lated with higher numbers of teachers with emergency permits in that school, and (3) higher average student scores in a school correlated higher levels of education among the teachers in that school. After controlling for socioeconomic status, Fetler concluded that student achievement in mathematics significantly correlated with teacher experience and preparation.

As a result of his study, Fetler (1999), commented, “After controlling for poverty, teacher experience and preparation significantly predict test scores” and “Schools with higher percentages of teachers on emergency permits tended to have lower achieving students in mathematics.”

In light of the positive impact of infield teaching on student achievement, why is out-of-field teaching so prevalent and what might be done to curtail the practice? This report examines that issue more fully in a subsequent section on recruiting teachers and staffing schools (see Chapter 6 “Other Benefits of Partnerships for Teacher Education in Science and Mathematics”).


Studies of the National Assessment of Educational Progress (NAEP)7 also point to the importance of teachers’ levels of content preparation. Although the NAEP is designed primarily to determine how U.S. students are doing in various subjects at grades 4, 8, and 12, recent NAEPs also have collected some data about the teachers whose students took these examinations (e.g., Hawkins et al., 1998). The 1996 data show a statistically significant correlation coefficient of 0.26 between the percentage of students whose teachers have a college major in mathematics and the average mathematics scores of those students (Hawkins et al., 1998). Hence, there is some evidence to suggest the position that the more well versed a teacher is in the subject, the better his/ her students do on this type of standardized examination. Hawkins et al. (1998) concluded that, “At the eighth-grade level, students who were taught by teachers with teaching certificates in mathematics outperformed students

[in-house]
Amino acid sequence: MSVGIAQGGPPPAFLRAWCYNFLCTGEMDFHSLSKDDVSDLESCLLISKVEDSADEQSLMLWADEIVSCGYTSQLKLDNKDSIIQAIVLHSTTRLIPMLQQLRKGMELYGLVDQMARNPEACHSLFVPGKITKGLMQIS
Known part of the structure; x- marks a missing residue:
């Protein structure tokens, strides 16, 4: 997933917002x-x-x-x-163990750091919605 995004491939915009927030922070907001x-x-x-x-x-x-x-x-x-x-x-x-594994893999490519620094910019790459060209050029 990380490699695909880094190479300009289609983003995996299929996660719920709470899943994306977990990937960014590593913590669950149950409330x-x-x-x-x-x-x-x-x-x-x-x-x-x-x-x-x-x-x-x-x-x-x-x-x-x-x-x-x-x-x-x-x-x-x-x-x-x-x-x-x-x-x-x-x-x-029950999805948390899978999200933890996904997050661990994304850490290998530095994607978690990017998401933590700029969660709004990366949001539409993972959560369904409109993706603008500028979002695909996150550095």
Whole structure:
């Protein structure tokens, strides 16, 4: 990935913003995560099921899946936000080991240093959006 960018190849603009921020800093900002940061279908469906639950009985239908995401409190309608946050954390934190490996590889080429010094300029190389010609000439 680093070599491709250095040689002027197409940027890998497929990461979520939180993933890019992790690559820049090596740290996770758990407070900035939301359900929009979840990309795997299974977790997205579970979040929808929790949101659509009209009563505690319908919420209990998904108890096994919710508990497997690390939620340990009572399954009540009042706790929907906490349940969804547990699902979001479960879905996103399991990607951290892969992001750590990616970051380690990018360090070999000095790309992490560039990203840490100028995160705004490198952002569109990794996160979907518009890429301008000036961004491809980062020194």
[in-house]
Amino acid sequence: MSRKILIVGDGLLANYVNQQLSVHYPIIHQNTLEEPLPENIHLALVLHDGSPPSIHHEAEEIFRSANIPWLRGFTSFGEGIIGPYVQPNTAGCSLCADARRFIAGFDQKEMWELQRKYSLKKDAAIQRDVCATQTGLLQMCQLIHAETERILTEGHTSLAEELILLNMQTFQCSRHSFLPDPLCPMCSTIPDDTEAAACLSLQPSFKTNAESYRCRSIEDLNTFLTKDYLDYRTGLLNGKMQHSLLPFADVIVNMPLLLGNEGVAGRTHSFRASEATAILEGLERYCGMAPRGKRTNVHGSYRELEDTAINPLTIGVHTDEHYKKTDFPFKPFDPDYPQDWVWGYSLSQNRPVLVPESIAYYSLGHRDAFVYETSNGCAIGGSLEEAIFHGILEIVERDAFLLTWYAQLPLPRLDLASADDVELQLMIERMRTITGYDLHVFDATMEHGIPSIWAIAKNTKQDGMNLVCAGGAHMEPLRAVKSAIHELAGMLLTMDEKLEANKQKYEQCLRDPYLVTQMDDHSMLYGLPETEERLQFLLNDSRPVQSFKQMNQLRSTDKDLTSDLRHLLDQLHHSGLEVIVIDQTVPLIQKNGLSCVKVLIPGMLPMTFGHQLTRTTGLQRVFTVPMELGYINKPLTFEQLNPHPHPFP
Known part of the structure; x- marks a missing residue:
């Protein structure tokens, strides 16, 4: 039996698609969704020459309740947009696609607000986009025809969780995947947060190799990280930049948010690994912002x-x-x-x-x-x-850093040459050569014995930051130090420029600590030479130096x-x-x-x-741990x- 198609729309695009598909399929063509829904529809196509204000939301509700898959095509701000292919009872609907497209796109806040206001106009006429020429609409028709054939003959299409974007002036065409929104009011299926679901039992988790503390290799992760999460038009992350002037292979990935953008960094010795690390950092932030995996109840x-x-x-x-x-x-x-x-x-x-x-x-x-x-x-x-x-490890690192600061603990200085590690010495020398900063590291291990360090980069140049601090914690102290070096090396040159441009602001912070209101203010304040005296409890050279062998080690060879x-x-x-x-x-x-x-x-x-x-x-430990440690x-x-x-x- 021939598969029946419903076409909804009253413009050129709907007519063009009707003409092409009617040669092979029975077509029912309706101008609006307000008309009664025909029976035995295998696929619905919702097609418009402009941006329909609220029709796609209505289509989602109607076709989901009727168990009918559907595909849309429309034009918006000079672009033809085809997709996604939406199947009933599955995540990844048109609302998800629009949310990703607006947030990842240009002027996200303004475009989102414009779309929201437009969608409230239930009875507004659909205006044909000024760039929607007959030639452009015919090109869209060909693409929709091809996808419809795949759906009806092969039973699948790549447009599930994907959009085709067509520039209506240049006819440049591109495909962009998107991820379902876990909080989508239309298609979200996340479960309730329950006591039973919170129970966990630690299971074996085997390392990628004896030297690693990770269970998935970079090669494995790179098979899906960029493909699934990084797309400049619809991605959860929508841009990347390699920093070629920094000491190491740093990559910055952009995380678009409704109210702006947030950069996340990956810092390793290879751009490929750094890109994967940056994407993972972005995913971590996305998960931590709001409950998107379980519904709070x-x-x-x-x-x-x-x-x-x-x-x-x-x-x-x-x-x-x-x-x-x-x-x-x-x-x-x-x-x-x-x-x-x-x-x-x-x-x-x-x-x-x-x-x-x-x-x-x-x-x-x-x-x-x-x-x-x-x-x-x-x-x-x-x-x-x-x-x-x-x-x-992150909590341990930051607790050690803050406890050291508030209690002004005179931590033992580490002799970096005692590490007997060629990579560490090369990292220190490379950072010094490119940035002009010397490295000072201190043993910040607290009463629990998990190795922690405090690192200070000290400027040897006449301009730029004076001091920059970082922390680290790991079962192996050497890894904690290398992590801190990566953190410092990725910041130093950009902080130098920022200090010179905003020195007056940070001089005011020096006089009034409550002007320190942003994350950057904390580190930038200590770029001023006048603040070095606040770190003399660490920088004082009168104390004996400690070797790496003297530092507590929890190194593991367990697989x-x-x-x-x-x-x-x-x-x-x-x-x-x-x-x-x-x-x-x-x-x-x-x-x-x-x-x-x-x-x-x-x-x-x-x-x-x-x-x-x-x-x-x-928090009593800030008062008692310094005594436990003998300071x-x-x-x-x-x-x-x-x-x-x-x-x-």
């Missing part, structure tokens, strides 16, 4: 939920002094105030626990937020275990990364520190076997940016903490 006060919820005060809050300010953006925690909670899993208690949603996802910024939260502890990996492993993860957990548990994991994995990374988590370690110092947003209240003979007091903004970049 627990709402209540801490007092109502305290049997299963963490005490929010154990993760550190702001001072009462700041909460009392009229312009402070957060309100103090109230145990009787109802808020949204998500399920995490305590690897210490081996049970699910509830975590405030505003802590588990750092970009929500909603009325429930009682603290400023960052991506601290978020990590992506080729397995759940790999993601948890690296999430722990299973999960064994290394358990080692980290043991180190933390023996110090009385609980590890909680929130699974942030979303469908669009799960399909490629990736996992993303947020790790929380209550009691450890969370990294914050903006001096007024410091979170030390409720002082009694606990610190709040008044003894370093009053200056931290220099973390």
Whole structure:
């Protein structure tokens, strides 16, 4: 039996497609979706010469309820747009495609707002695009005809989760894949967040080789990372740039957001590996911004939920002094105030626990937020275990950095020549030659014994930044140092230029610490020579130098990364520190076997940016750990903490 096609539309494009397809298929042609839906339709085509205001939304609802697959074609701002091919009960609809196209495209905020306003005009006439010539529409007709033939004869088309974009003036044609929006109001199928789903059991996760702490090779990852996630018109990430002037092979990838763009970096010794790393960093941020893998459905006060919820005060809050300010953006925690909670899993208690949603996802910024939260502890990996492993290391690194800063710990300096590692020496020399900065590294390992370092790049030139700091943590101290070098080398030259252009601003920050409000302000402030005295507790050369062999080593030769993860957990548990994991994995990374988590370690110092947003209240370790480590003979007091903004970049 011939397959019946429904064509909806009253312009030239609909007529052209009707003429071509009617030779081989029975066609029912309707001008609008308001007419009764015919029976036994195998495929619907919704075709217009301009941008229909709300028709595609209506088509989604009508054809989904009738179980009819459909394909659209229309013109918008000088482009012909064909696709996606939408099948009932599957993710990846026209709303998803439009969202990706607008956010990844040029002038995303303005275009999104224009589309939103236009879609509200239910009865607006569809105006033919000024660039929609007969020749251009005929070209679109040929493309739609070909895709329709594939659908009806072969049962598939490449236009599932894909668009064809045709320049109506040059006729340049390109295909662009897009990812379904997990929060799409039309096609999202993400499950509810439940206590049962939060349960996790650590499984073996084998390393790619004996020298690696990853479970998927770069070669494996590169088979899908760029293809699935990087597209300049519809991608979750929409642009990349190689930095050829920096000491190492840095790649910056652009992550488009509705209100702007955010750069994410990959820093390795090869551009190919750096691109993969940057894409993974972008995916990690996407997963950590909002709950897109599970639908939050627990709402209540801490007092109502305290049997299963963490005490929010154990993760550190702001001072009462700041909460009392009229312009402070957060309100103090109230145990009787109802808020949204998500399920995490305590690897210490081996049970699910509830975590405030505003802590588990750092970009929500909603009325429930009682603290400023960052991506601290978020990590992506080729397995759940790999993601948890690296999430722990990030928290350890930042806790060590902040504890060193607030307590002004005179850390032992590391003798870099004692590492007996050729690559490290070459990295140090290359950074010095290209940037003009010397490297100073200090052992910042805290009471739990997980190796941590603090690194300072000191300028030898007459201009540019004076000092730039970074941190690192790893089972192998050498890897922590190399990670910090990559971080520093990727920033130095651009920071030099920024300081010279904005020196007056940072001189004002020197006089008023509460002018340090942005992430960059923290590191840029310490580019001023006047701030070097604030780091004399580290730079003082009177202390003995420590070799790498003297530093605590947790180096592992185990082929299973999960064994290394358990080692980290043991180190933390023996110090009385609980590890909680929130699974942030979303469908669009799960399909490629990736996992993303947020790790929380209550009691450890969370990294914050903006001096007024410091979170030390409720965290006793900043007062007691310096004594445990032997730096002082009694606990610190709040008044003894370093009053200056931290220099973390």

The National Assessment of Educational Progress (NAEP) conducts assessments of samples of the nation’s students attending public and private schools at the elementary-, junior-, and high-school levels. NAEP collects and reports information about the academic performance of American students in a wide variety of learning areas, including subjects such as reading, math, science, writing, world and U.S. history, civics, and foreign languages. NAEP uses a complex matrix sampling design in order to cover a broad array of topics. The design allows for reporting of aggregated results for various population groups, but no individual results are reported.

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